Lessons to be learned from recent worker deaths

Two recent deaths in the territory were completely preventable, according to preliminary investigations into the incidents.

Two recent deaths in the territory were completely preventable, according to preliminary investigations into the incidents.

On September 11, Jimmy Conklin was killed when his loader stalled and rolled while working at his placer mine near Dawson.

And on October 19, 20-year-old Paul Wentzell was killed at Yukon Zinc’s Wolverine Mine when he was hit by a truck that wasn’t properly parked.

The Yukon Workers’ Compensation Health and Safety Board released its preliminary findings yesterday.

This is the first time the board has released information like this, according to director of occupational health and safety Kurt Dieckmann.

“We want to get the message out so that people can take a look around their workplaces and see if the same conditions exist that caused these incidents,” he said.

“In the Yukon, these types of incidents are way too common – they happen way too often.”

Conklin was killed while feeding gravel into a sluice box at his placer mine on Dominion Creek.

The Michigan 175B loader was an old model that was not equipped with a rollover protection system and had faulty brakes.

He drove the loader up a ramp and was about to dump the gravel onto a “grizzly” separator when the engine stalled.

The stalled loader rolled down the ramp backwards.

The 60-year-old placer miner tried to steer the vehicle without power, but ran into a gravel bank at the bottom of the slope.

This caused the loader to roll onto its cab, crushing Conklin inside.

The health and safety board reminds all employers and workers to ensure their equipment is in safe condition.

If braking systems are not working, or equipment doesn’t have rollover protection systems, it should not be used on the site.

Wentzell was driving a pickup through the Wolverine Mine when he came upon a piece of equipment that was in his way.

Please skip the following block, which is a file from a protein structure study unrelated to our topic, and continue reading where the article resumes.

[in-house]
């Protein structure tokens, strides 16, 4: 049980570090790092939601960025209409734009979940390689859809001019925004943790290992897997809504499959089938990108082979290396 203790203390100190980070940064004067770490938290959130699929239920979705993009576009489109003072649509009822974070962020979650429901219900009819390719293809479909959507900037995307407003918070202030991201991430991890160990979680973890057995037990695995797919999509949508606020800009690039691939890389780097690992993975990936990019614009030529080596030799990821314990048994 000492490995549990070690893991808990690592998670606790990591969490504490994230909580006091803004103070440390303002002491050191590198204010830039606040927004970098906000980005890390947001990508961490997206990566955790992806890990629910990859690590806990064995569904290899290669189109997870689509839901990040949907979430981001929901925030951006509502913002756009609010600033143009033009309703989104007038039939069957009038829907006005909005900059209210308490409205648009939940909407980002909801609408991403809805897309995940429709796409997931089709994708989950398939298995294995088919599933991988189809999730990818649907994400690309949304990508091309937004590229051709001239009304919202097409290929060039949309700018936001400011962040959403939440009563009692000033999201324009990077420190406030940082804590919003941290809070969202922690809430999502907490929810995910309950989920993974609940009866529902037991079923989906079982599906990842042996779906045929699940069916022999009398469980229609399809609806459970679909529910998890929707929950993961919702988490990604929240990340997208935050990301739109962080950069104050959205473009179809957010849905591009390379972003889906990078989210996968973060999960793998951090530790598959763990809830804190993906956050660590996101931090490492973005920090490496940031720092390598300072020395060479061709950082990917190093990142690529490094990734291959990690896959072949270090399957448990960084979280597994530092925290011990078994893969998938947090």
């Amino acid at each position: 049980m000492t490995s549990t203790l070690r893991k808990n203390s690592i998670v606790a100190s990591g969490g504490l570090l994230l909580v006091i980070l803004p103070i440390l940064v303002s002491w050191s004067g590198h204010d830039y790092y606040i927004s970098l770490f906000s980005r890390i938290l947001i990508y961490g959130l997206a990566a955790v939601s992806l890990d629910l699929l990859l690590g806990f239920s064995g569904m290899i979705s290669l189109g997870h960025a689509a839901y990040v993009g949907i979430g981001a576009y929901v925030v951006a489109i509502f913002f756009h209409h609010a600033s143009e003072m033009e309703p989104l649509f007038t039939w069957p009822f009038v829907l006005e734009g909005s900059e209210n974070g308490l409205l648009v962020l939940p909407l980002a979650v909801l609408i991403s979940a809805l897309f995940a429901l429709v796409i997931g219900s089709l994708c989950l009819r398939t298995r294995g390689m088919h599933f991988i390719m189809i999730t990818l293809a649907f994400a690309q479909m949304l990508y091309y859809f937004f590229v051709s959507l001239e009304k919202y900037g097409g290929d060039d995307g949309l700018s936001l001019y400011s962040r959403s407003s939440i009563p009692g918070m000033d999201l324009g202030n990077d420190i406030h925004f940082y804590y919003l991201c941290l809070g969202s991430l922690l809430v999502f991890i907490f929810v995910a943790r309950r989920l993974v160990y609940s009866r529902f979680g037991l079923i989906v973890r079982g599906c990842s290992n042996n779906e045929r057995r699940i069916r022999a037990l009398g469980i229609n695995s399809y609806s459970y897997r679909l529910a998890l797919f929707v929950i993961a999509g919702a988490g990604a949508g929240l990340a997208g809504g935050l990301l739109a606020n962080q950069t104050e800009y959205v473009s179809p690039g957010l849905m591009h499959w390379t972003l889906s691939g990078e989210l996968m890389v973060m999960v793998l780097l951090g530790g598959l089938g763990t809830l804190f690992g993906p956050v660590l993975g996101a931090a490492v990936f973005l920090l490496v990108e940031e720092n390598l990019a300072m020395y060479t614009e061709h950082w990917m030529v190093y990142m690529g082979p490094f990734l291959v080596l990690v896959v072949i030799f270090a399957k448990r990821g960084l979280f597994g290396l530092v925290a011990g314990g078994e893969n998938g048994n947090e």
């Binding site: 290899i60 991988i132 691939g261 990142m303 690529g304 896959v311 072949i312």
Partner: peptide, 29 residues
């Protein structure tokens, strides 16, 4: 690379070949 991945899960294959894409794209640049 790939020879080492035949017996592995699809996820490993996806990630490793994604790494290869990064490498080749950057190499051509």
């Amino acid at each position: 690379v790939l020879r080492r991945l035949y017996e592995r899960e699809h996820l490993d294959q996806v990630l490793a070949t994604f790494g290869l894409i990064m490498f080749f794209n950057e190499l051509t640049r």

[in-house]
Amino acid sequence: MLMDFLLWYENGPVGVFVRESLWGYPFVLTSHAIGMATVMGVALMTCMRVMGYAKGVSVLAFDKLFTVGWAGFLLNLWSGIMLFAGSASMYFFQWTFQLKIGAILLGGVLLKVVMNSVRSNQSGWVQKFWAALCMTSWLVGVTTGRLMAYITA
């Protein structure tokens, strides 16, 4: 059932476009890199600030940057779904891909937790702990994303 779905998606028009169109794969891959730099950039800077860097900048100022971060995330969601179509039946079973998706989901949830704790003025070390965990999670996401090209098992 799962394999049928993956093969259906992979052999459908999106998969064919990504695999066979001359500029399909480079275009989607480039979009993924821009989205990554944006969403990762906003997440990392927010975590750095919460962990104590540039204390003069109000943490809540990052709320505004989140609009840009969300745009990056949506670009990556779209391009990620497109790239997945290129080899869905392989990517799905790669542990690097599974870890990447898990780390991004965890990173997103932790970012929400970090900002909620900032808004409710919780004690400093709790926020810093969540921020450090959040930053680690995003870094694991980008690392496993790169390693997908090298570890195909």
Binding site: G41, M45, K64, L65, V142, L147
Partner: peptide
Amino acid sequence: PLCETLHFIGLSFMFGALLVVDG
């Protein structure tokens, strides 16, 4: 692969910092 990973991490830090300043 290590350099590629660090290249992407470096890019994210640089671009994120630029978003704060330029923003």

He stopped the truck, put on the emergency brake and hopped out to move the equipment.

However, he left the truck in neutral and did not engage the parking brake.

The emergency brake alone could not hold the truck from rolling down the 15 per cent decline.

It hit the young worker from behind and crashed into the second piece of machinery, 20 metres away from where it was originally parked.

The resulting internal injuries killed Wentzell.

The health and safety board reminds workers operating standard transmission vehicles to leave them in first gear or reverse when parking on a slope.

Automatic transmission vehicles should be placed in park.

Chocking the tires when parked on a steep slope is another way to prevent rolling.

The preliminary findings also reminded employers they are required to provide employees with proper training and instruction on the work they are performing.

These are the preliminary findings of the investigations into the two deaths and only look at the direct causes.

“But when you look at incidents like these, there are always underlying causes,” said Dieckmann.

“We’ll look into what allowed those conditions to exist in the first place – so we look at training, we look at maintenance … we look at a whole bunch of different factors that led to these incidents.

“I believe firmly that all injuries are preventable.”

Contact Chris Oke at